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This post has been co-written with Ben Wolfson, a full-time educator and assistant principal in the USA.
You’ll love this smallest to biggest number worksheet! The first weeks back at school after a long summer vacation can feel unsettling for many students. The sudden addition of early starts and lots of structure can be hard, which is why many teachers start the year with familiar skills to re-engage brains and to build confidence. Remembering how to order numbers largest to smallest is a good first 2 months of school math task, and this back to school printable will save your prep time.
Arranging Numbers By Size
Early math is all based around developing number sense; the idea that our numbering system has a logical order to it, and that each number represents a different value of real world objects. Students comparing numbers 1-20 have to engage both parts of this concept as they need to know why two digit numbers are bigger than single digit numbers, and how to compare two digit numbers where the first digit is the same. This smallest to biggest number worksheet is a great way to give your students independent practice time as well as opportunities for you to discuss and develop their mathematical thinking.
Preparing Arrange Numbers by Size 1-20 Worksheets
You will want to laminate a class set of these back to school printable number sorting worksheets so that you can reuse them. If you are cutting the small strips out like in the extension task mentioned below, you should laminate those as well to save paper.
Extending Smallest To Biggest Number Worksheets
These simple back to school printable for comparing numbers 1-20 worksheets make for an instant math center: just download, print and distribute to your students. As with all good resources, however, you can get multiple extension activities from one download:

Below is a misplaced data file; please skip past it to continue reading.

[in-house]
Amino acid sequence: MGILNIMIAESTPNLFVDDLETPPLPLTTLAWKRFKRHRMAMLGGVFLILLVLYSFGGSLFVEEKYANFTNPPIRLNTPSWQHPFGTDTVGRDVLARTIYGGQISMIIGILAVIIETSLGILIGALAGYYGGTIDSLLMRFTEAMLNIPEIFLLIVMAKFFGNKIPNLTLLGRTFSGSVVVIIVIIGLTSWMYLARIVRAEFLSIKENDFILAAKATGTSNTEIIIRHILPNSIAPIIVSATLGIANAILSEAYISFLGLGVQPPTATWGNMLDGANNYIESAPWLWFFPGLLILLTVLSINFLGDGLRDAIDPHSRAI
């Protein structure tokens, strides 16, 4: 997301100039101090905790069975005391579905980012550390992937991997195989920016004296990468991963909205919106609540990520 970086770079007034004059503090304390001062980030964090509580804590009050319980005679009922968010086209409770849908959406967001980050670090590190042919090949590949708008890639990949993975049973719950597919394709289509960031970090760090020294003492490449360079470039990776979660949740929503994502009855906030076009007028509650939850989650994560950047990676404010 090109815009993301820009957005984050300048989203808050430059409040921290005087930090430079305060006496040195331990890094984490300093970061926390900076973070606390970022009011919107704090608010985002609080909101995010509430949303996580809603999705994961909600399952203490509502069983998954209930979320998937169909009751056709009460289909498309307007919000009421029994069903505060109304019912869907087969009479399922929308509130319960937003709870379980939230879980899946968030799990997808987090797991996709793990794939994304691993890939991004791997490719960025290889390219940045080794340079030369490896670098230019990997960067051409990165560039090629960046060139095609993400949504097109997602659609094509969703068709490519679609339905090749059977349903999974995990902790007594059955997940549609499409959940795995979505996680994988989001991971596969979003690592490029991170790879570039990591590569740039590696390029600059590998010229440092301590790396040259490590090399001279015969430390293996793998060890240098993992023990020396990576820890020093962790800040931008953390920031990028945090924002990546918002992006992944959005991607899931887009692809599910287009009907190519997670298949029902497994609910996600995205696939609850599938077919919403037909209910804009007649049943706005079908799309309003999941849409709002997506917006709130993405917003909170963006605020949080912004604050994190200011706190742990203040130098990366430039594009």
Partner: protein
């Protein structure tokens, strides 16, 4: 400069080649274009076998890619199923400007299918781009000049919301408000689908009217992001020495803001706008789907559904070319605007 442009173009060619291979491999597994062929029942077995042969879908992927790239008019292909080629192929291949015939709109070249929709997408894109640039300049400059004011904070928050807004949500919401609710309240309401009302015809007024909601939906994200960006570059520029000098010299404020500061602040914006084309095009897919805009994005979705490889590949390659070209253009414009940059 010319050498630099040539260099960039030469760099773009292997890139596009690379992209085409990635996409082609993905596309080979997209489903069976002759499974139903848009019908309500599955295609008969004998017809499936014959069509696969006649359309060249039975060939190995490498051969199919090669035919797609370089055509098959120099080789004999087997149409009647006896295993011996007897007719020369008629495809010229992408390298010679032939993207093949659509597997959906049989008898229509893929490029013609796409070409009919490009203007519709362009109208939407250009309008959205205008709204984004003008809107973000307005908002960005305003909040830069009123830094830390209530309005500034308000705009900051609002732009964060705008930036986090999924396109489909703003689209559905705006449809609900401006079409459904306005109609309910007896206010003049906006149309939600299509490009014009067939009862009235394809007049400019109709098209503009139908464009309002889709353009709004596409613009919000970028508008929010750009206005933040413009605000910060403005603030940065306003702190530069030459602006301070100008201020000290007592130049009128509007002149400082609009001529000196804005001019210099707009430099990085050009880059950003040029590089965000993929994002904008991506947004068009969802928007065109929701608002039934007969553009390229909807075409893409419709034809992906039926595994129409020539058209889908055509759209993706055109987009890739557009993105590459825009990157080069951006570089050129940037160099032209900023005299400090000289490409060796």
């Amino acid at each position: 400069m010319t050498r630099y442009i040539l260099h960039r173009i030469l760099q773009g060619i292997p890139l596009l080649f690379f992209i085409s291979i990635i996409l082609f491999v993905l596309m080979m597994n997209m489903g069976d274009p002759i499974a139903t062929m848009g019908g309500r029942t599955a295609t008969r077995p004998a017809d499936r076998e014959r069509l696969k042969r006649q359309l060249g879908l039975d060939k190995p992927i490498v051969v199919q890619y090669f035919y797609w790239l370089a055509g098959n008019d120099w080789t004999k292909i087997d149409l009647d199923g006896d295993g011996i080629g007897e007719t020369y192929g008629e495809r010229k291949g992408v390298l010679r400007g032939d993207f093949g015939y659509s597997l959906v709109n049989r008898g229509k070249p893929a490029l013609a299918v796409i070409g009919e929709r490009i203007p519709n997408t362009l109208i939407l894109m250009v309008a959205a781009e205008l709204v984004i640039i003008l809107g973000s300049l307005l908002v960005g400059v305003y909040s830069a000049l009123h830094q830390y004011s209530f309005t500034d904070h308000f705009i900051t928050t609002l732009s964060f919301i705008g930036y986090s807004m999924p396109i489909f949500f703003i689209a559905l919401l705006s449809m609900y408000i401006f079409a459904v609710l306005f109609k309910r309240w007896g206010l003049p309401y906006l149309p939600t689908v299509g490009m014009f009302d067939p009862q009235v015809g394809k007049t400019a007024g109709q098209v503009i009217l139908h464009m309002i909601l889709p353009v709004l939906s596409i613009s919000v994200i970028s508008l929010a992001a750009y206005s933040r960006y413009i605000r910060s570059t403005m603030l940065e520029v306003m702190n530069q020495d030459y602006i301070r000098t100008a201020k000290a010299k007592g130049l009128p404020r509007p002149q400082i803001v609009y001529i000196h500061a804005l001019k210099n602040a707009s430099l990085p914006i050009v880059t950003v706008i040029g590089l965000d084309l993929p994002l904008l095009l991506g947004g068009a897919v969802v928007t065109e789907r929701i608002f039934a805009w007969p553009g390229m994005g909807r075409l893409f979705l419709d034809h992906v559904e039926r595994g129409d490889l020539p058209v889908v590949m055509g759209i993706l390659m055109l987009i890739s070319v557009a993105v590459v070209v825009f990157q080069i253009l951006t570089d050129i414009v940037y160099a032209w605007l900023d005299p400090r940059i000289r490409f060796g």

Visual comparisons – if you have students who are struggling with arranging numbers by size when presented with the digits, you can scaffold the task by giving them a basket of small objects. For each row of mixed up numbers, have them count out the correct number of objects. This visual representation should help them identify the smallest and the biggest amounts (as long as your small objects are all the same size). You can then refer them to a number line to show why the numbers line up in the way that they do.
Time trials – for those students who have mastered how to order numbers largest to smallest, you can introduce a competitive element by cutting each worksheet up into the smaller strips. Give students a basket with all 8 strips from one page and have them solve them in the shortest time possible. You can stretch them further by giving them all 16, making sure to mark which ones are greatest to smallest and which ones are smallest to greatest.
Video explanation – it’s an axiom of math that a student doesn’t truly understand a concept until they can explain it out loud to someone else. Once your students have completed the smallest to biggest number worksheet, film them explaining how they arrived at their answer. Not only are these great to send home, but they can form part of a digital portfolio showing their academic growth over the year.